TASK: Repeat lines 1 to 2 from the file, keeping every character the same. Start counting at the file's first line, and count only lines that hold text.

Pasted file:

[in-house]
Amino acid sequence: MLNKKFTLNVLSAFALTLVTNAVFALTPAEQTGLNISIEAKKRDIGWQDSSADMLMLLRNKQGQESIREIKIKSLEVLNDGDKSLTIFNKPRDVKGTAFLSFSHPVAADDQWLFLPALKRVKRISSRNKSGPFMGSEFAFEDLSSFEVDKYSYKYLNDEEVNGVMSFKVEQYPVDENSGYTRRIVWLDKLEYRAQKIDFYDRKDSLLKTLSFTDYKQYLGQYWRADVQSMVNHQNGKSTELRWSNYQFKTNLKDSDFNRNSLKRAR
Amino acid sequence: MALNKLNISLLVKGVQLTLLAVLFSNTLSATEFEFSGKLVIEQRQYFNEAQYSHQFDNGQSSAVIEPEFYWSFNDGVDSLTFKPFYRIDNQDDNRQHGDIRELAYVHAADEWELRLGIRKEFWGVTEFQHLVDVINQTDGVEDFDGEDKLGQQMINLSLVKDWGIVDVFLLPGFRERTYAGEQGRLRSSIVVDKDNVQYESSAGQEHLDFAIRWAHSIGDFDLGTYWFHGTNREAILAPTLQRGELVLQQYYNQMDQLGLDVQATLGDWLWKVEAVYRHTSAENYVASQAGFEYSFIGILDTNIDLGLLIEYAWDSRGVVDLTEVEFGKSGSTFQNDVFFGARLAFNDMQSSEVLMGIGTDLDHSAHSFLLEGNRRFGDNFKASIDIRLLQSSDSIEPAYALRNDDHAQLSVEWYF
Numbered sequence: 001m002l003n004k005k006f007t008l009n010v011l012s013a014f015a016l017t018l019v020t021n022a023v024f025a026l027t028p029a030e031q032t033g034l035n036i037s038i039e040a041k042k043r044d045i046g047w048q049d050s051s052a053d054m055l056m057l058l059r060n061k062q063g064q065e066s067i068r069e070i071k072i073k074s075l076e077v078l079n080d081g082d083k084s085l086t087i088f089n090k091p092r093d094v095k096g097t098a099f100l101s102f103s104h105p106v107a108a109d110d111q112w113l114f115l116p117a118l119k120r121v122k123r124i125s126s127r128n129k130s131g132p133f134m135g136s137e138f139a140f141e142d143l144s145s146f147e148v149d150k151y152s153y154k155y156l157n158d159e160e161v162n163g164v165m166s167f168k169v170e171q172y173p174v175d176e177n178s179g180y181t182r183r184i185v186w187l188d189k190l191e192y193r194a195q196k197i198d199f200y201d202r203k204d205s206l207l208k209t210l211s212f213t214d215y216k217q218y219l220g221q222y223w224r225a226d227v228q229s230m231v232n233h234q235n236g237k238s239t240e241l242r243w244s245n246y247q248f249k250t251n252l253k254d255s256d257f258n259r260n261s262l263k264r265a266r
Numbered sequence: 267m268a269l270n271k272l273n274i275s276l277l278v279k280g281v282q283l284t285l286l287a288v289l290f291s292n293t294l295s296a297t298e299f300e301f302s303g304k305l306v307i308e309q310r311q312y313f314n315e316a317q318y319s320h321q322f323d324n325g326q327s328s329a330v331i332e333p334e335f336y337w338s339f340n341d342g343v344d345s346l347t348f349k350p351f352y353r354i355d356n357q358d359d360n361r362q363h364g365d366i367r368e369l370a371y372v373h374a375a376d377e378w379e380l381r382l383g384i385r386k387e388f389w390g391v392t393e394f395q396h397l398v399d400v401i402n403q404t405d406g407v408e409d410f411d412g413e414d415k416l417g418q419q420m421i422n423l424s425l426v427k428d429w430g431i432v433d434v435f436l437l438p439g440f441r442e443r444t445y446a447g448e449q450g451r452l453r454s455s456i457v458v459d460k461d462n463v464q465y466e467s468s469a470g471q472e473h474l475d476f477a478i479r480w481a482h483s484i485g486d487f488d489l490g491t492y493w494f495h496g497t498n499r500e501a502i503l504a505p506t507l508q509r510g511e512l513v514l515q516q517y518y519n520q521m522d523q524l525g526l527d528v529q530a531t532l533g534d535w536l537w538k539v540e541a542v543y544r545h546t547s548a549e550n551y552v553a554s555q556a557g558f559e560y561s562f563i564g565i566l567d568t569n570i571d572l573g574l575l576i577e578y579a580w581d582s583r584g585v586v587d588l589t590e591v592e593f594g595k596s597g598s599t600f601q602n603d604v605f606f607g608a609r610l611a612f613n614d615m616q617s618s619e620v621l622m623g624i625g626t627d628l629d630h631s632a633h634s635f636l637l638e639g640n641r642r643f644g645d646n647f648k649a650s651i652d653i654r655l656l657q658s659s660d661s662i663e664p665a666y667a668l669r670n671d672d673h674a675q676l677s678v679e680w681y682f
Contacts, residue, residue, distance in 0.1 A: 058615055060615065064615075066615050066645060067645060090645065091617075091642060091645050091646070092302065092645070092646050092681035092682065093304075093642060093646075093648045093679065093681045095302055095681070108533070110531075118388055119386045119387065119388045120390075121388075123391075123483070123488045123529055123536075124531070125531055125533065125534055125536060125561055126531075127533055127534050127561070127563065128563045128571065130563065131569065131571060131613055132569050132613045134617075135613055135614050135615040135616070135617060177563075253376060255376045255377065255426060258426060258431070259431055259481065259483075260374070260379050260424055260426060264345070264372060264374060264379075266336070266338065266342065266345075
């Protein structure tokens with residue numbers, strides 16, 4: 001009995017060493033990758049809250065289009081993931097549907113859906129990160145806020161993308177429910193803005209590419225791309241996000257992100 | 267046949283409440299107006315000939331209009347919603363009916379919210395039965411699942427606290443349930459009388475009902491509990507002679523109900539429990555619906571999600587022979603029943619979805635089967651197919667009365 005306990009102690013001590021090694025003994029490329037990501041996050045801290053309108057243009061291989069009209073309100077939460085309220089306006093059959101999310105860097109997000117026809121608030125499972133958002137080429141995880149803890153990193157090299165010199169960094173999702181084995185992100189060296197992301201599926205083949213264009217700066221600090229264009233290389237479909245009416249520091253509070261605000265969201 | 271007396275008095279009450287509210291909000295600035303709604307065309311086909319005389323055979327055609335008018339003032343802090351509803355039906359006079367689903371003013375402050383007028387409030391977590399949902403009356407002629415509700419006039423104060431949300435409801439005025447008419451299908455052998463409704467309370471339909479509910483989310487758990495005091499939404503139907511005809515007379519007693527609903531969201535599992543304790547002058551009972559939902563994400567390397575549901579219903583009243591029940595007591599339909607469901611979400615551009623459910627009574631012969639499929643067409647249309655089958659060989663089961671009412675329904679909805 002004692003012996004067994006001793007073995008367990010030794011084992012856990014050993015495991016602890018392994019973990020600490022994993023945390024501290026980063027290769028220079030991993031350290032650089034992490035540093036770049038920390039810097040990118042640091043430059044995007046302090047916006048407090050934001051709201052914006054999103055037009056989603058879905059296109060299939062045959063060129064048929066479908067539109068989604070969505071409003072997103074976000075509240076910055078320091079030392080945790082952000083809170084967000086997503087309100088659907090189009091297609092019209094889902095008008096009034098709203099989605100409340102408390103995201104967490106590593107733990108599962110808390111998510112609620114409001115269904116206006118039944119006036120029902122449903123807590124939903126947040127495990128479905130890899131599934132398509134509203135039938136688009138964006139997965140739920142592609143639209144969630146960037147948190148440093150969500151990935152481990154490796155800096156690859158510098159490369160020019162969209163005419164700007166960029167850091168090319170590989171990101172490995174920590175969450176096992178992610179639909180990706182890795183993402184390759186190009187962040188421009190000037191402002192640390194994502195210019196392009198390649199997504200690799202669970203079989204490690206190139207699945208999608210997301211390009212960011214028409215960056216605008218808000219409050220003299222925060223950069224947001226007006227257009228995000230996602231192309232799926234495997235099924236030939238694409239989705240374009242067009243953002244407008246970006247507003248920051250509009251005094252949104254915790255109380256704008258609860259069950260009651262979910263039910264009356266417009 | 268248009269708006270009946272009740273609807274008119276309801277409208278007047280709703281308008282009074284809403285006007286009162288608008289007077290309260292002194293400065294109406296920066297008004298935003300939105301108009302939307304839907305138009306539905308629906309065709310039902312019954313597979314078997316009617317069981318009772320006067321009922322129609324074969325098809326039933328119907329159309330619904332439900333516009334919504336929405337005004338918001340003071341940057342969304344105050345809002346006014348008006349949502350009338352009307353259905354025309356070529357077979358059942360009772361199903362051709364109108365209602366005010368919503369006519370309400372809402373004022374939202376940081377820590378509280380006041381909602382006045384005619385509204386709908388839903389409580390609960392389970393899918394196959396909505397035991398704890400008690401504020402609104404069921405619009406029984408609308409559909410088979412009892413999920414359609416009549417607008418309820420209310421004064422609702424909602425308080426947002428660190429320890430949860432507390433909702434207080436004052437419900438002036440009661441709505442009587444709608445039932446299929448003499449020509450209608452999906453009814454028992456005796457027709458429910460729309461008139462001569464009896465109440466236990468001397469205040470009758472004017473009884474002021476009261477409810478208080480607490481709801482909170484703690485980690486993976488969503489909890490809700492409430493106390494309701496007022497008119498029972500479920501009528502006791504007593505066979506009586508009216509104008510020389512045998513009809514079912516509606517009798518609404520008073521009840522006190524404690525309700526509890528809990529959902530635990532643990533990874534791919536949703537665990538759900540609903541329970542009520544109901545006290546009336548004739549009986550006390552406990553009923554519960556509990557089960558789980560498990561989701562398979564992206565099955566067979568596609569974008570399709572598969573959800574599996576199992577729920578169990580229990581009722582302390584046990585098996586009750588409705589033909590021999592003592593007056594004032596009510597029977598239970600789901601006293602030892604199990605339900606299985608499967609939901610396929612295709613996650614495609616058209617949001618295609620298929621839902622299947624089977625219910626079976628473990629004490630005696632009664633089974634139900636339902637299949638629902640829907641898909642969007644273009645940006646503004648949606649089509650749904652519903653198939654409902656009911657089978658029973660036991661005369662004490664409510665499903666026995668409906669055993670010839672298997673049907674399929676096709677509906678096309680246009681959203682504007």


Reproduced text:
[in-house]
Amino acid sequence: MLNKKFTLNVLSAFALTLVTNAVFALTPAEQTGLNISIEAKKRDIGWQDSSADMLMLLRNKQGQESIREIKIKSLEVLNDGDKSLTIFNKPRDVKGTAFLSFSHPVAADDQWLFLPALKRVKRISSRNKSGPFMGSEFAFEDLSSFEVDKYSYKYLNDEEVNGVMSFKVEQYPVDENSGYTRRIVWLDKLEYRAQKIDFYDRKDSLLKTLSFTDYKQYLGQYWRADVQSMVNHQNGKSTELRWSNYQFKTNLKDSDFNRNSLKRAR